In the spring of 1878 I contracted with two men from southern Montana, Lynch and Emerson by name, to drive in the following fall 100 head of yearling heifers, which they agreed to deliver at Calgary for $10 per head. Cattle could be purchased at that time in Montana and Idaho at a very low figure. These men delivered the cattle at the time stipulated, bringing in also several hundred head of cows and steers, which they had a ready sale for, also making the first start for themselves. They in after years became large stock owners. This was the first year cattle were brought into the western Territories, and our diet of buffalo meat was changed for that of domestic beef, I.G. Baker & Col having the contract to supply the force, which they did by driving in herds of beef cattle and opening butcher shops at different posts. Their contract p[rice for beef was 14 cents per pound, and they made enormous profits on their cattle, which they bought at a low figure in Montana.
The summer of 1878 was an unusually rainy one, the rivers all being very high, and there being no boats at that tie the crossing was always most difficult and dangerous. The Old Man’s river at Macleod had changed its course, breaking through its banks, and overflowing the bottoms on which the fort and settlement were built. Several houses in the village were washed away, even the fort was nearly flooded. The bottom on which the fort was built was converted into an island, with a branch of the river both north and south, and the river now flowed over the spot where buildings once stood, and where the main road through the village ran.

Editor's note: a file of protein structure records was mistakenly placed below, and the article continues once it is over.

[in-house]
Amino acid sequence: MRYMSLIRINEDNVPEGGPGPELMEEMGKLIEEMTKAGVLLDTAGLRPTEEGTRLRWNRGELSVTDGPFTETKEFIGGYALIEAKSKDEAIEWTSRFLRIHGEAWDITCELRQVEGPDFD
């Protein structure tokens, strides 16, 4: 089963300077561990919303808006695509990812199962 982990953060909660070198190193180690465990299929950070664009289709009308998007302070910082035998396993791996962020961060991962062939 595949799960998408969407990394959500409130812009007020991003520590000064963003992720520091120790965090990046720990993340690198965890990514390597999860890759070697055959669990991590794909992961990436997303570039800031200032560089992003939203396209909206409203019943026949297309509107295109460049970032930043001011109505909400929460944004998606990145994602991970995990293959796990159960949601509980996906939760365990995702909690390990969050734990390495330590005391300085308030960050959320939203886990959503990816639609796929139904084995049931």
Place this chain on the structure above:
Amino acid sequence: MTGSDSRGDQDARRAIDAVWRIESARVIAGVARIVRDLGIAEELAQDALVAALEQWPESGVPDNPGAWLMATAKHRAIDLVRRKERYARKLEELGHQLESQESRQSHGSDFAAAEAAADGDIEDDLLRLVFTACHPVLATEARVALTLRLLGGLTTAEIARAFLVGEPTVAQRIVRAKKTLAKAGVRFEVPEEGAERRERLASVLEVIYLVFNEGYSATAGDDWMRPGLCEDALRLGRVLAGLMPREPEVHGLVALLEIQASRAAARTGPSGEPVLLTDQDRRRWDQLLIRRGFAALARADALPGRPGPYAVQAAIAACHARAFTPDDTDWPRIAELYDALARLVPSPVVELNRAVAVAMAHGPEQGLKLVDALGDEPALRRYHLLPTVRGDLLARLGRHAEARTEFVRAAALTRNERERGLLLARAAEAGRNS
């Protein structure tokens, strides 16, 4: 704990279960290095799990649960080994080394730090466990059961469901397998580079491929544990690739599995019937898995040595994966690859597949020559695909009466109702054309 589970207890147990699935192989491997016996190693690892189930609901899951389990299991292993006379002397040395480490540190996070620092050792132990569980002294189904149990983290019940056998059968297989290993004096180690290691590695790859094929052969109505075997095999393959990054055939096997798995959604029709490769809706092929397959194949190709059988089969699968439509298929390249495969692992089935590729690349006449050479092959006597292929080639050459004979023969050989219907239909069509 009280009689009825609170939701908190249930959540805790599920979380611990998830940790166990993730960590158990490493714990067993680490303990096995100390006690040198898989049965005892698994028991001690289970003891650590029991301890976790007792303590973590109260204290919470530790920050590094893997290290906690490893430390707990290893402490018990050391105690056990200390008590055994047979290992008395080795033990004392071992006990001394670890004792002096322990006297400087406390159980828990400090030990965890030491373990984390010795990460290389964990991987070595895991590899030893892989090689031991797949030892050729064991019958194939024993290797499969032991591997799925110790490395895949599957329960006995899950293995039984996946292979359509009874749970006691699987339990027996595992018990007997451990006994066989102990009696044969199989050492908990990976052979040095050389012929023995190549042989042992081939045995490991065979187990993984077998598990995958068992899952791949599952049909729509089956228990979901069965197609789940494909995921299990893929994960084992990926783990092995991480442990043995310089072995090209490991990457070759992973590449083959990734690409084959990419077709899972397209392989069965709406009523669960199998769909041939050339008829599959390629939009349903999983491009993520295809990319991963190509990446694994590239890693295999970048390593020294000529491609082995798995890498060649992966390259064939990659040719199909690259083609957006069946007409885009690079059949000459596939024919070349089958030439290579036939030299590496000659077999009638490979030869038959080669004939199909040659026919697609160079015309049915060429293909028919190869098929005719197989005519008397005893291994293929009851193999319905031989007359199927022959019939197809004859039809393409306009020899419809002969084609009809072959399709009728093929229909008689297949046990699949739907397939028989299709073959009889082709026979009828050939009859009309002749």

The fort at Macleod had been improved, as the mud floors and roofs had given place to lumber, a small saw mill having been shipped up the Missouri river, and then taken by bull team to Macleod. It cut, however, only a limited quantity of lumber. Great difficulty was experienced in booming the river, as in high water these mountain streams are very swift and many thousand of our logs were carried down the river by the breaking of the boom, and never recovered. Logs had to be cut and driven down the river for sixty miles and our force being so small, and the work increasing yearly, it was found that men could not be spared for this work. The buildings then only received repairs where absolutely necessary, and in wet weather they were decidedly uncomfortable. At Calgary, Fort Walsh, and Edmonton, halfbreeds were engaged to cut lumber by whipsaw, and a great deal was got in this manner. At Edmonton plenty was to be obtained, and the fort at that place was comfortable and substantial. Horses for the use of the force were being sent up from Canada, via the Missouri river, but they were found to be not nearly as serviceable as those bred in the country, which could stand the hard winter journeys, without grain, and keep in good condition on the wild grass, while the Canadian horses, used to stabling and good feed, very soon become useless, or died from hardship.
A good many mares were brought into the country by the police in 1874, and a herd of them was started at Pincher creek, thirty miles west of Macleod, with the purpose of breeding for the force. A good, well bred stallion was sent up, but although a good many colts were bred which turned out well, the scheme was not a success, there not being men enough to spare for the farm. A great many of the mares having been, as it was supposed, stolen, the idea was abandoned, and the herd broken up, the mares being returned to duty.
In July, 1878, I proceeded to the Blackfoot crossing to notify the Blackfeet of the date of their payments, and found that tribe, and also the Sarcees, camped on the old treaty ground. They had just finished their medicine dance, which this year had been held with great ceremony, many braves having been made, and much talk of going on the war path against the Sioux indulged in.